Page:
In Teaching Flat Plane Shapes and Solid Shapes, we explore different attributes for flat and solid shapes. This lesson extends those concepts by having students identify and count specific attributes of solid shapes, such as vertices or edges. It is designed for students in Grades K–1 but can be extended or simplified to adjust for your students’ readiness.
- Key Standard: Identify and analyze three-dimensional shapes, using mathematical language to describe their similarities, differences, parts, and other attributes. (Common Core: K.G.B.4; Florida BEST: MA.1.GR.1.1)
- Objective: In this lesson, students will explore the parts that make up solid figures.
Lesson: Identify and Analyze Solid Figures
Materials: One rectangular prism, cube, sphere, cone, cylinder, and pyramid for each group of students.
Preparation: Distribute solid figures to groups of students.
Prerequisite Skills and Background: Students should be able to recognize and name solid figures.
- Say: A face is a flat surface of a solid object. Show students the idea by holding up a solid object such as a rectangular prism and asking if anyone can identify a face of the object.
- Ask: Which solid figures have faces that are polygons? (rectangular prism, cube, and pyramid)
- Say: Put the other solid figures aside for now.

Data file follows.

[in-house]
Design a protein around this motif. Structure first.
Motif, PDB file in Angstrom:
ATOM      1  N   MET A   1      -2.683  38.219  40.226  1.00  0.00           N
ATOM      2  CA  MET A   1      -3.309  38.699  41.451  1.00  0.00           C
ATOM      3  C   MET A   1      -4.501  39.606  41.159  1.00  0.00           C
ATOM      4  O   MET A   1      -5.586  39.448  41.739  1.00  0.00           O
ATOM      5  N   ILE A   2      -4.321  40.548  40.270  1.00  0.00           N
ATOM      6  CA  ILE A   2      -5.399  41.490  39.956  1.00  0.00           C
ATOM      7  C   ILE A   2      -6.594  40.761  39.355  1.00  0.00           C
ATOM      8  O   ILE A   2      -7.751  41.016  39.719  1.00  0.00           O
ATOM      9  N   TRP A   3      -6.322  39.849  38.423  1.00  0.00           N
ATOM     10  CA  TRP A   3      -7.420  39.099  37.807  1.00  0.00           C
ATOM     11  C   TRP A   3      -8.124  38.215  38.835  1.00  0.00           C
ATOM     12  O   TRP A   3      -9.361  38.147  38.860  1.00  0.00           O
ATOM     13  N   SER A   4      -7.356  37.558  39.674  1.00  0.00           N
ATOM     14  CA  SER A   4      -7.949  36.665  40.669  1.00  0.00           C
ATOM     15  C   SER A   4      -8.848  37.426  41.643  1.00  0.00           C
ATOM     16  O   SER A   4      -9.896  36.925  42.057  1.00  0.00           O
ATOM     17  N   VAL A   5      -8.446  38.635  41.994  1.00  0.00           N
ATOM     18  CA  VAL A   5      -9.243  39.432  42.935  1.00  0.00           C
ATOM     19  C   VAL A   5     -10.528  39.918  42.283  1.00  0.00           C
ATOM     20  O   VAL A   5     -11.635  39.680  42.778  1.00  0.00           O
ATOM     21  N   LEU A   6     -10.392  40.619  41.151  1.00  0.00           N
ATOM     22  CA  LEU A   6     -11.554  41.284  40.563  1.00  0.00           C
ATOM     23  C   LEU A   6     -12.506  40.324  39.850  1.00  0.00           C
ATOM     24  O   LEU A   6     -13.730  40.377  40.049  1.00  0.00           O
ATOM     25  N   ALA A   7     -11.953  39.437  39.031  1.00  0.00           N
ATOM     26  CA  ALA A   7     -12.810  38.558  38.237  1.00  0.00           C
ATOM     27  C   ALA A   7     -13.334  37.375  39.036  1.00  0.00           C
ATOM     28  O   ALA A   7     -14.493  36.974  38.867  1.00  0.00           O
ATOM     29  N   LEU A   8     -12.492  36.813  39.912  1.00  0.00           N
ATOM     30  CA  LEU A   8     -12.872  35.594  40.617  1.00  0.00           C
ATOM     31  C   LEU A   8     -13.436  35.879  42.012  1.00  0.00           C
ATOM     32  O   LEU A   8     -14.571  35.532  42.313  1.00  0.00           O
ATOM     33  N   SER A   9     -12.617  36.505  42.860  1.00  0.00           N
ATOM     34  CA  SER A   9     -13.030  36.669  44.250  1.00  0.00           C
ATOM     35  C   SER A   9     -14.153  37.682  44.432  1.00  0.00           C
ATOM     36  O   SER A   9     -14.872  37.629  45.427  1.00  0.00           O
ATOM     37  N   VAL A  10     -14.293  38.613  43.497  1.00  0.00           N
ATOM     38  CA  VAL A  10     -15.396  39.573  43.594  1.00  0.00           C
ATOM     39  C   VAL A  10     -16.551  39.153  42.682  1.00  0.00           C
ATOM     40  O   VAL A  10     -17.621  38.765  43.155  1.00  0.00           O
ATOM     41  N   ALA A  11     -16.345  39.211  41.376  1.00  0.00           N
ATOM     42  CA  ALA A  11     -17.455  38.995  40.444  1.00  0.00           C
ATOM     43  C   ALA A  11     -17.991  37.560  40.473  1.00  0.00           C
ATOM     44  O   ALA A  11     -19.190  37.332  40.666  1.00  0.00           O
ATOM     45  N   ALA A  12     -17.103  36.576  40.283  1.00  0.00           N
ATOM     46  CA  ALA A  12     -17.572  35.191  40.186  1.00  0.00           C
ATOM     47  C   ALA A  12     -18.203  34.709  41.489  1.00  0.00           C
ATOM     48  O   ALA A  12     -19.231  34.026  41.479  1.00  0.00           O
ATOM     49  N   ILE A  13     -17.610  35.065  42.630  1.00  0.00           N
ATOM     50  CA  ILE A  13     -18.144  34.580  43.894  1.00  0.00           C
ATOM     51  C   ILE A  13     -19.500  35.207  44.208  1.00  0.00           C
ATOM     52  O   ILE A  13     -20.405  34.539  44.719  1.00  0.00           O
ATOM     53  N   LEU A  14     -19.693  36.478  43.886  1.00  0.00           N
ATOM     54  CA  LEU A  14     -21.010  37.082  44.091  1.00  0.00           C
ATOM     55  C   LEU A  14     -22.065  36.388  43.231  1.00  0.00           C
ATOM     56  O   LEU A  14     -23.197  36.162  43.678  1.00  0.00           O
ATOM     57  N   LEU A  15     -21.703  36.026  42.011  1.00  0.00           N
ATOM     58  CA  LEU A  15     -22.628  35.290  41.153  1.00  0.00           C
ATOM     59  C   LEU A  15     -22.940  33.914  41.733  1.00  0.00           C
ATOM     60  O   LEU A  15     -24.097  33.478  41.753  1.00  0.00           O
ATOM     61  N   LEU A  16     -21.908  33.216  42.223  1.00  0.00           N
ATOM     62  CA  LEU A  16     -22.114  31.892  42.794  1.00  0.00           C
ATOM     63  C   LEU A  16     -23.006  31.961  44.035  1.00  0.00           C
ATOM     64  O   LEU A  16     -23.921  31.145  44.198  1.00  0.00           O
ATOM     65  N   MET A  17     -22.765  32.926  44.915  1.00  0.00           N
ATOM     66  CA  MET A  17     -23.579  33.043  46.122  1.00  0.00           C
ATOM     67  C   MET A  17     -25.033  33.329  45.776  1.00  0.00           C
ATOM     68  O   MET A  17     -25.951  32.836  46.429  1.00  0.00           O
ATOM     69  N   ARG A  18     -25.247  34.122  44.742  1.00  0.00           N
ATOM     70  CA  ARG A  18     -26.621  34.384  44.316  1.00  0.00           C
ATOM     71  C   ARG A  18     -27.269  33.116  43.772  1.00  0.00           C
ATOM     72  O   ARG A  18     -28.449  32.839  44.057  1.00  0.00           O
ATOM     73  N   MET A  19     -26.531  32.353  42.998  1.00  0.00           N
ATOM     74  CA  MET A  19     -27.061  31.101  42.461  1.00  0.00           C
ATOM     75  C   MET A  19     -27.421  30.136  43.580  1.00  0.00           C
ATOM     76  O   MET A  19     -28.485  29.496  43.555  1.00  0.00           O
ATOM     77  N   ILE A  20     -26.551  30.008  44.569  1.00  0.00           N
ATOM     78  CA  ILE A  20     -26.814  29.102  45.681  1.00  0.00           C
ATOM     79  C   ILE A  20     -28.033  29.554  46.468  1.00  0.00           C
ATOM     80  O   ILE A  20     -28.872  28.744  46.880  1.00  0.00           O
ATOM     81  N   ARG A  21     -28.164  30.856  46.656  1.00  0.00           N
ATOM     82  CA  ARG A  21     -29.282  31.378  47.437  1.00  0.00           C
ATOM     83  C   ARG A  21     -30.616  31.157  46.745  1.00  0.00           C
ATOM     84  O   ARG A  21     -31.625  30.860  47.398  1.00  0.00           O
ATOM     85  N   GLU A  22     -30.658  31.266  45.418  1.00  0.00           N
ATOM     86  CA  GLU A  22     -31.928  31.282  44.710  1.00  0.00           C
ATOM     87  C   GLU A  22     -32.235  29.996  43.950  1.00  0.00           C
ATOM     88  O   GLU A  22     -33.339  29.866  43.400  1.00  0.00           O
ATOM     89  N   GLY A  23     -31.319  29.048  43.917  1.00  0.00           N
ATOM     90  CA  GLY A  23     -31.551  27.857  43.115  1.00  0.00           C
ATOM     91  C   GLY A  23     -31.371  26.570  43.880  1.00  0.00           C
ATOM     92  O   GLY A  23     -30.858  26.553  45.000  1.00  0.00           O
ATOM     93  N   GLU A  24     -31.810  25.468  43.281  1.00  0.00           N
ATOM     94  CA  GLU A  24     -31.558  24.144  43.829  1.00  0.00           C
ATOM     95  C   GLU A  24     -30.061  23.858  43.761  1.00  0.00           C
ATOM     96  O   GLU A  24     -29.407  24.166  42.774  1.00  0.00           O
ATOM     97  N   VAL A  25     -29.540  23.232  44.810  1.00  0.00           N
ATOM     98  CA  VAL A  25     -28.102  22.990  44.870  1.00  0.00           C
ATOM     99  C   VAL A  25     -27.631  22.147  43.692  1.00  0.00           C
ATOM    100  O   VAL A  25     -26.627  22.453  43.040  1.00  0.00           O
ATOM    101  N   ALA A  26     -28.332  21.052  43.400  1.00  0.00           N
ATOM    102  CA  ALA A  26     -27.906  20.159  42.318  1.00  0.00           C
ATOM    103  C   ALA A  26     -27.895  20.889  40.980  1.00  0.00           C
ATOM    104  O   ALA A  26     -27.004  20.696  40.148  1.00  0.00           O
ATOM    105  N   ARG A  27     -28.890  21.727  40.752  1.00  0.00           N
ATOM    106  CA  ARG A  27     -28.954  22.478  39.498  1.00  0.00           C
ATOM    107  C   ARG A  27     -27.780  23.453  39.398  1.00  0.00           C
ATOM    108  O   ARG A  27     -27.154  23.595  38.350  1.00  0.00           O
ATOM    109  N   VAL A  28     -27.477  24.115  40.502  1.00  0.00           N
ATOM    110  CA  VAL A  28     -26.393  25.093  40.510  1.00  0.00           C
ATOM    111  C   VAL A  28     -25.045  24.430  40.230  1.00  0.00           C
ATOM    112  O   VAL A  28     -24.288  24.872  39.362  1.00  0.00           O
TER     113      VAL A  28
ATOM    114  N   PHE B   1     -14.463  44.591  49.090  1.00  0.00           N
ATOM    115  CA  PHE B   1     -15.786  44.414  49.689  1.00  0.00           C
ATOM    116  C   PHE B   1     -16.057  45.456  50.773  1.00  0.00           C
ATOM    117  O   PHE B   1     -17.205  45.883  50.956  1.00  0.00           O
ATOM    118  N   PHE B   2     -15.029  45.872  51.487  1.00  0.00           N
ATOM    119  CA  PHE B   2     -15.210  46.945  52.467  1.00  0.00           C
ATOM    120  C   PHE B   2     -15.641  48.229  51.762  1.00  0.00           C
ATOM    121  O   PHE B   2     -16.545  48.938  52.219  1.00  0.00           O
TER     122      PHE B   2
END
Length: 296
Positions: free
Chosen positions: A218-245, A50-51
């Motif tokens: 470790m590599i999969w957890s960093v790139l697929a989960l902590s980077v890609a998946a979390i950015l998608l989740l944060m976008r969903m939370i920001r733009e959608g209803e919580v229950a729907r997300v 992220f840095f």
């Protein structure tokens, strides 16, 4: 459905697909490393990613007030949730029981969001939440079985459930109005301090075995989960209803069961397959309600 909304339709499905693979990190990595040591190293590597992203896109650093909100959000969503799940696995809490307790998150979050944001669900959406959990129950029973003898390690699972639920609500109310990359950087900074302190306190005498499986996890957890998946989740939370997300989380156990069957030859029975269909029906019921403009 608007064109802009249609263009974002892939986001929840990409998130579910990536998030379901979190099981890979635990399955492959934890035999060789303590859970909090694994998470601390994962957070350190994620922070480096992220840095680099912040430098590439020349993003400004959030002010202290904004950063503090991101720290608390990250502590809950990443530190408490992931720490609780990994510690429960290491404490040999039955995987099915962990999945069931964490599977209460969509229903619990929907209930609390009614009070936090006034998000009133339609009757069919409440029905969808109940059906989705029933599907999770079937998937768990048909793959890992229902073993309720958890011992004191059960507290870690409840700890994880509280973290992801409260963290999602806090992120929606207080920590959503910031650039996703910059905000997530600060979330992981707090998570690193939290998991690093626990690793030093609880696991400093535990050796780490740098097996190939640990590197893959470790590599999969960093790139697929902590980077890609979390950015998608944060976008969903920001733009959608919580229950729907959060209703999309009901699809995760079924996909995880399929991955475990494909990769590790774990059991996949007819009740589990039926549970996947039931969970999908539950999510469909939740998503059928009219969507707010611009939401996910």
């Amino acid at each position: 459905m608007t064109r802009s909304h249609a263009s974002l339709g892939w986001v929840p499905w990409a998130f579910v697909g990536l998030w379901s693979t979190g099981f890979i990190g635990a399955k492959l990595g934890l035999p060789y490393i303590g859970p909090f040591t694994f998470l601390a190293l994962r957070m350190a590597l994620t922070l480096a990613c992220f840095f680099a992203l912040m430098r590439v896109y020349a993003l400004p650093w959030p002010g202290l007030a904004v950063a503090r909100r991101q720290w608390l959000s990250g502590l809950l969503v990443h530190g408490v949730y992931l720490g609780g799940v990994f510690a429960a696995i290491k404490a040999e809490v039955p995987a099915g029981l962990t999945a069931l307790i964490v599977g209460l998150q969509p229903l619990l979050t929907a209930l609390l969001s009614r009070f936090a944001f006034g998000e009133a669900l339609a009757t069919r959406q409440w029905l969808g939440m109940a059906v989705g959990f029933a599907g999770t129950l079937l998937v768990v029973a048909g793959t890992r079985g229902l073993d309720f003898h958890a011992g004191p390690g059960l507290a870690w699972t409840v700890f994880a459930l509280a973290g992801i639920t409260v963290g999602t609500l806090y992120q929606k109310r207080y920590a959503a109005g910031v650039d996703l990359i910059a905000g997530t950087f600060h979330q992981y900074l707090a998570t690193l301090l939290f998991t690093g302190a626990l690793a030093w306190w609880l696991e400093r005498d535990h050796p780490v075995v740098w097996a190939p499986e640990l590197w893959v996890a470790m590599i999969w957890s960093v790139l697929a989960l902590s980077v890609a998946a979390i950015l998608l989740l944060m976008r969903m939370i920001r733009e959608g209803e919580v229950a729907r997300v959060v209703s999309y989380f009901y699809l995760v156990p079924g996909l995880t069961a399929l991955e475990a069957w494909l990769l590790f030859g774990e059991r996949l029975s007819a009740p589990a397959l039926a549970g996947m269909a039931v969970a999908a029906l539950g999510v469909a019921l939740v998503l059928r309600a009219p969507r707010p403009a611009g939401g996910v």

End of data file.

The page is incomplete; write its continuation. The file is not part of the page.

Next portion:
- Ask: Which solid figure has faces that are rectangles? (rectangular prism)
- Say: Count the number of faces a rectangular prism has. Mark each face as you count. To mark the faces temporarily, use stickers or sticky notes. Copy the table below as students are working so that all students can see it.
- For your materials, if possible, use real world examples that relate to your students’ interests. For example, if some of your students play a sport that uses a spherical ball, you could make them a group and use that ball.
- Because so much of this lesson relies on examining and analyzing physical objects, it works well for students who are visually impaired. In place of the table below, explain what information you are looking for and have students describe the same information for each of the solid figures.
Be the first to read the latest from Shaped.